95.7 FM The Game

Radio Wars: One man’s reasons for converting to “The Game”

It seems that nothing else in the Bay Area sports news cycle gets people quite as fired up as “radio wars”does. I am one of those people whose radio presets stay on the sports talk stations. KNBR has been a staple in my life for some time now. It makes sense – when sports consume your life, you enjoy discussing them. If you enjoy discussing sports, you enjoy listening to sports discussion. If that discussion is entertaining, that’s all the better. Maybe that’s why the news of Pablo Sandoval and sexual abuse was merely a tremor on the interweb while the news of Ralph Barbieri being fired nearly broke Twitter.

Back when KNBR was the only game in town (pun intended), it seemed above criticism. The year before Dan Dibley left for what would eventually become 95.7 the Game was    a golden age in radio for me. I rarely missed a Radnich show. I would schedule my  10 minute breaks at work so that I could be back in time for the best half hour in radio with Tony Bruno. My fiancé nay-saying a plan became known as “Lee Hammer says no.” I uttered the word “yes” every time something suggestive was said.

Actually, I still do those last two.

Times have changed

I used to be a pretty unapologetic KNBR fanboy. I was crushed when Dibley left for The Game, a radio station that was new and different (therefore weird and icky, right?). Before Dan was a radio personality, he was a counselor at my summer camp growing up (sorry to bust you out, Dan). He was the reason I started listening to KNBR in the first place. My loyalties, it seemed, became torn. What ensued changed my perspective on sports talk radio in the Bay Area, whether I liked it or not.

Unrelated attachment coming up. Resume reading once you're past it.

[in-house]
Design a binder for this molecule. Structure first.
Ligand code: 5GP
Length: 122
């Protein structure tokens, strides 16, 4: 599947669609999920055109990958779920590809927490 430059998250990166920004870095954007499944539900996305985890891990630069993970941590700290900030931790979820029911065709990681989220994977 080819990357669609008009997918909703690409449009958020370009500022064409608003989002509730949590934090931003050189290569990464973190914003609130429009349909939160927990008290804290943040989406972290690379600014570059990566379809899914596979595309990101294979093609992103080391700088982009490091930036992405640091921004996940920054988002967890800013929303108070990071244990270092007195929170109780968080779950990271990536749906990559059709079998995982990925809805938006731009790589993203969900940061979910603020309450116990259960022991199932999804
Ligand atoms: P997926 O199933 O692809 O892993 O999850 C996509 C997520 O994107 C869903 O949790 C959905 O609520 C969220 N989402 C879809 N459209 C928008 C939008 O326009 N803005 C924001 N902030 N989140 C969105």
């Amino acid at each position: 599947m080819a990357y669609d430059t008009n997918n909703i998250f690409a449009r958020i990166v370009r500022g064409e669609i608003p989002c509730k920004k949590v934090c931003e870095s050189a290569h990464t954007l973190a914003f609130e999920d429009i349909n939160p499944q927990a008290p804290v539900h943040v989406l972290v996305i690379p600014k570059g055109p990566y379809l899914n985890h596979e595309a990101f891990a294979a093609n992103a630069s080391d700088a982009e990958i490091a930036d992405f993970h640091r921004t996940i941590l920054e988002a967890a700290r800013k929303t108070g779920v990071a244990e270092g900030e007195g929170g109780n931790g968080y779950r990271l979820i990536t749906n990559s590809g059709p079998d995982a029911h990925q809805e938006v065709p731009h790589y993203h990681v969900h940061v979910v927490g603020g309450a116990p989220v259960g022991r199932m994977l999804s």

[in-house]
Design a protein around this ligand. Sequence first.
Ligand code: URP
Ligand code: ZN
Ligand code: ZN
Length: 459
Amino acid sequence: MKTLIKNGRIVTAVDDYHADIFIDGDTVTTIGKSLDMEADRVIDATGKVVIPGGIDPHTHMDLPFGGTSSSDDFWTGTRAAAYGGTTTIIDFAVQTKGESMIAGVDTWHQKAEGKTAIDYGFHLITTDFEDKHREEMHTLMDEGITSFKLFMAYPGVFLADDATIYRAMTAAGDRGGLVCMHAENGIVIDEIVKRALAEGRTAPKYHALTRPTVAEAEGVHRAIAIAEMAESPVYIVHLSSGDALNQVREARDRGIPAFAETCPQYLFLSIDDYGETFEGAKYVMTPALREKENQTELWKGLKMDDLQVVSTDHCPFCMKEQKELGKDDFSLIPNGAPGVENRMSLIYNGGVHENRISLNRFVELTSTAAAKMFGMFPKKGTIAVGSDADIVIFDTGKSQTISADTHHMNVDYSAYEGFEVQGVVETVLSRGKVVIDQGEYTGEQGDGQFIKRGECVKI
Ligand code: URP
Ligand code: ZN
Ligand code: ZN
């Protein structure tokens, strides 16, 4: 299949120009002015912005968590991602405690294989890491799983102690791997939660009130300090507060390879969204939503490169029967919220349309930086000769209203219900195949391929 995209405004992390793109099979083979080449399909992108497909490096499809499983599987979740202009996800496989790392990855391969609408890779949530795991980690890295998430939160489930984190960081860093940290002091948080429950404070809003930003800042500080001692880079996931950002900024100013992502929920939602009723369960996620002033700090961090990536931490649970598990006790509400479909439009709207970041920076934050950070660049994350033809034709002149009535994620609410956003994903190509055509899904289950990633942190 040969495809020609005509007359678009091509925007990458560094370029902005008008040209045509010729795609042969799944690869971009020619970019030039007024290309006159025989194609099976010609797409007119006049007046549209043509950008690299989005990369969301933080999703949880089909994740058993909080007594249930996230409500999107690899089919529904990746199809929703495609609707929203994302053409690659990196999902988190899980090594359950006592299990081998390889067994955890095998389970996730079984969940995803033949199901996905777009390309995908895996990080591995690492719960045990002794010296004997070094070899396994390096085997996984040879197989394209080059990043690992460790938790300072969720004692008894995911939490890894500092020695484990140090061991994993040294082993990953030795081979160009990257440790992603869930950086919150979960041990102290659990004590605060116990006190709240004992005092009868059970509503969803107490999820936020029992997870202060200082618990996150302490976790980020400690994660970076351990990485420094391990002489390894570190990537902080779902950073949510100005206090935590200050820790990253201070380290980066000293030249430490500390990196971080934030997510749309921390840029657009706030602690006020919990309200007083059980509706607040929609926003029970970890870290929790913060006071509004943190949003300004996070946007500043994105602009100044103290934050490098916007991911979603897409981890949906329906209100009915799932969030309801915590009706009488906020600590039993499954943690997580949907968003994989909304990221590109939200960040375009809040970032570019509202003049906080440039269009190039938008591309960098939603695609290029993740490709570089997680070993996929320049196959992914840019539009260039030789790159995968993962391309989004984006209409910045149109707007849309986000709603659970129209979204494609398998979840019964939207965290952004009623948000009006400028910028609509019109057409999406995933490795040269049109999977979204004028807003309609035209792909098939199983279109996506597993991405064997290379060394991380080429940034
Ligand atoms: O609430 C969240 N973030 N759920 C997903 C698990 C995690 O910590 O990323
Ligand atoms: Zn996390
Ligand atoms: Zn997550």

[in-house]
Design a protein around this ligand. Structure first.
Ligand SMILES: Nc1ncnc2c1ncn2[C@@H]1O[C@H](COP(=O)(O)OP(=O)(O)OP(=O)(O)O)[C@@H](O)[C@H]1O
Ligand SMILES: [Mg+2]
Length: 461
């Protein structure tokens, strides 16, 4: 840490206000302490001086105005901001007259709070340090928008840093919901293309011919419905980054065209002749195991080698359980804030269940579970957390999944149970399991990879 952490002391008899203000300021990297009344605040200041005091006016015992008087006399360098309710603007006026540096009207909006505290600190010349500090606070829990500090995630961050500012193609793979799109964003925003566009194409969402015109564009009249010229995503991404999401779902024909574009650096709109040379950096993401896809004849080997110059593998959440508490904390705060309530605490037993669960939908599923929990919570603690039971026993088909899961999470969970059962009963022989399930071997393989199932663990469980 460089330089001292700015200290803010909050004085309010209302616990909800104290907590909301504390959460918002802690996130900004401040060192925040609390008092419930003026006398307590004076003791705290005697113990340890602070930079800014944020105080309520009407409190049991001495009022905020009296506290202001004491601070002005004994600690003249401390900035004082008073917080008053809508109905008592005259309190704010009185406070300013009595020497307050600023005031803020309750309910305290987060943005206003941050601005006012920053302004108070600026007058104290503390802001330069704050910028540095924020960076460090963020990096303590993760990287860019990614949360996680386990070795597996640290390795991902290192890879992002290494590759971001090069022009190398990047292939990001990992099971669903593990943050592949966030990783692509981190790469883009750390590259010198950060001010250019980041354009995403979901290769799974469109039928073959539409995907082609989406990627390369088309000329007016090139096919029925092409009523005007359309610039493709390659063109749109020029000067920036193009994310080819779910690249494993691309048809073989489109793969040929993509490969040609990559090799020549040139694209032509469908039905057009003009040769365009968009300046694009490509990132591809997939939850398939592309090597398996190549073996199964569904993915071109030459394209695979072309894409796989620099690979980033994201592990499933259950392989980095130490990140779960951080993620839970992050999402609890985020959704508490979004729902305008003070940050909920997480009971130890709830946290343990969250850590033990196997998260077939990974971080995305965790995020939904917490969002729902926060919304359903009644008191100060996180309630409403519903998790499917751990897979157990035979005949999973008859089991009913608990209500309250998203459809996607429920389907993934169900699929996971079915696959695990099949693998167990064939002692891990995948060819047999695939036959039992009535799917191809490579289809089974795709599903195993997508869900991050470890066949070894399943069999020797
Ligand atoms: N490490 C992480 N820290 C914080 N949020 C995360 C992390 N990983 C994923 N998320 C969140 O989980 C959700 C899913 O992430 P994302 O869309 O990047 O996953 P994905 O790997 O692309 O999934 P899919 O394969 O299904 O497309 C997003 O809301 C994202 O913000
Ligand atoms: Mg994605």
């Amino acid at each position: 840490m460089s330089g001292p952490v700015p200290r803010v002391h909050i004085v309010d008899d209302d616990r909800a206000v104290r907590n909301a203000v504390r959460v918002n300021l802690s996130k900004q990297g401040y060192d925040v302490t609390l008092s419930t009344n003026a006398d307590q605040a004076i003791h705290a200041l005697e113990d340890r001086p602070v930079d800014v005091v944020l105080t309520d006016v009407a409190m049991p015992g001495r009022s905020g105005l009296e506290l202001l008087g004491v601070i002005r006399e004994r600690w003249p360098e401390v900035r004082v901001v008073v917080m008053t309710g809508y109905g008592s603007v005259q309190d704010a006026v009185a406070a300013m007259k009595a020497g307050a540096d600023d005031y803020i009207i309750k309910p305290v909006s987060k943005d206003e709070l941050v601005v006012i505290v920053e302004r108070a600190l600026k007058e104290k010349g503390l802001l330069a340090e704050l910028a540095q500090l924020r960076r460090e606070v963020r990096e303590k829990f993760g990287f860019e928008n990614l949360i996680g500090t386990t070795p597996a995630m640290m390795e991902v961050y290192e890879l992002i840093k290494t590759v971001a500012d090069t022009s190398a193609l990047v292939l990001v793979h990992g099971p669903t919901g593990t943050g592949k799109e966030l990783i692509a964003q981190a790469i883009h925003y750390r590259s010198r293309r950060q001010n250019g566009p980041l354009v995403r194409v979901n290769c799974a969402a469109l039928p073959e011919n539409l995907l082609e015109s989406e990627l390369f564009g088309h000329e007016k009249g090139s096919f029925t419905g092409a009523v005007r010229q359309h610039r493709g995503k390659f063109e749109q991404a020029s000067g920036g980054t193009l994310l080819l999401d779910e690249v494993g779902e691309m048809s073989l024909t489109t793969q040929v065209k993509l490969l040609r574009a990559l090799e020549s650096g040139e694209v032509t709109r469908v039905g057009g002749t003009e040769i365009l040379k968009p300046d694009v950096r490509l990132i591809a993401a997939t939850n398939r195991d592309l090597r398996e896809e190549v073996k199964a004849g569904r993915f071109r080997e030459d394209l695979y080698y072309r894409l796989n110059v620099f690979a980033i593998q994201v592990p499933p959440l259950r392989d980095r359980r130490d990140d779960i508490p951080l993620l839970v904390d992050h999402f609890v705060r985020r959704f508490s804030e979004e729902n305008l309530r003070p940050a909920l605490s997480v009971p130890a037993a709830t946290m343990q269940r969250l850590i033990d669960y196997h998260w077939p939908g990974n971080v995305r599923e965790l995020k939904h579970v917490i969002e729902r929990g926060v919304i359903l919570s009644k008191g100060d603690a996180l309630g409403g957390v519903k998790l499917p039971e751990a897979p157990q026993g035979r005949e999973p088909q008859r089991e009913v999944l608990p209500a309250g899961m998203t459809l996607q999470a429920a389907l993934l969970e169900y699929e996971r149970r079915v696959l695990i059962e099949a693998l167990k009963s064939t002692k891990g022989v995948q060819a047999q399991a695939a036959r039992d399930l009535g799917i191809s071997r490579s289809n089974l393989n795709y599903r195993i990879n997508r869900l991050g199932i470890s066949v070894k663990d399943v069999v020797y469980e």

Converting to The Game

(Disclaimer: the opinions expressed in this piece belong to me, Ruthless Sports Guy, and do not reflect those of Bay Area Sports Guy. This is how I see Bay Area radio only, so if you don’t like my opinions, take it out on me, not him.)

If you guys are regular readers then you know the story. KNBR, in an attempt to keep up with the new guy in town, has let its fan base down. Almost every failed experiment, new gimmick or personality that they threw on the station has failed to resonant with me. This (along with a sudden inability to stream KNBR on my work computer) drove me to become a 95.7 The Game listener.

I should make this clear – I haven’t completely abandoned KNBR. I still listen to a great deal of it – as long as the Giants, Warriors* and 49ers games are still broadcasting on “The Sports Leader,” I’ll always have a reason to tune in.  The content of their shows, however, simply wore off on me.

* Yeah, so about those Warriors games…

The Rise Guys

Although I can’t put a finger on why, The Rise Guys are just plain entertaining. They offer objective opinions, a wide breadth of topics and an engaging line-up of discussions starters. Every show has its gimmicks, and The Rise Guys may have a few too many of them, but the chemistry between Whitey Gleason, Mark Kreidler and Dibley seems genuine. They keep me from changing the station, and that’s what counts. Either that, or maybe I’m just tired of hear excuses being made for the Giants every day.  Yeah, that might be it.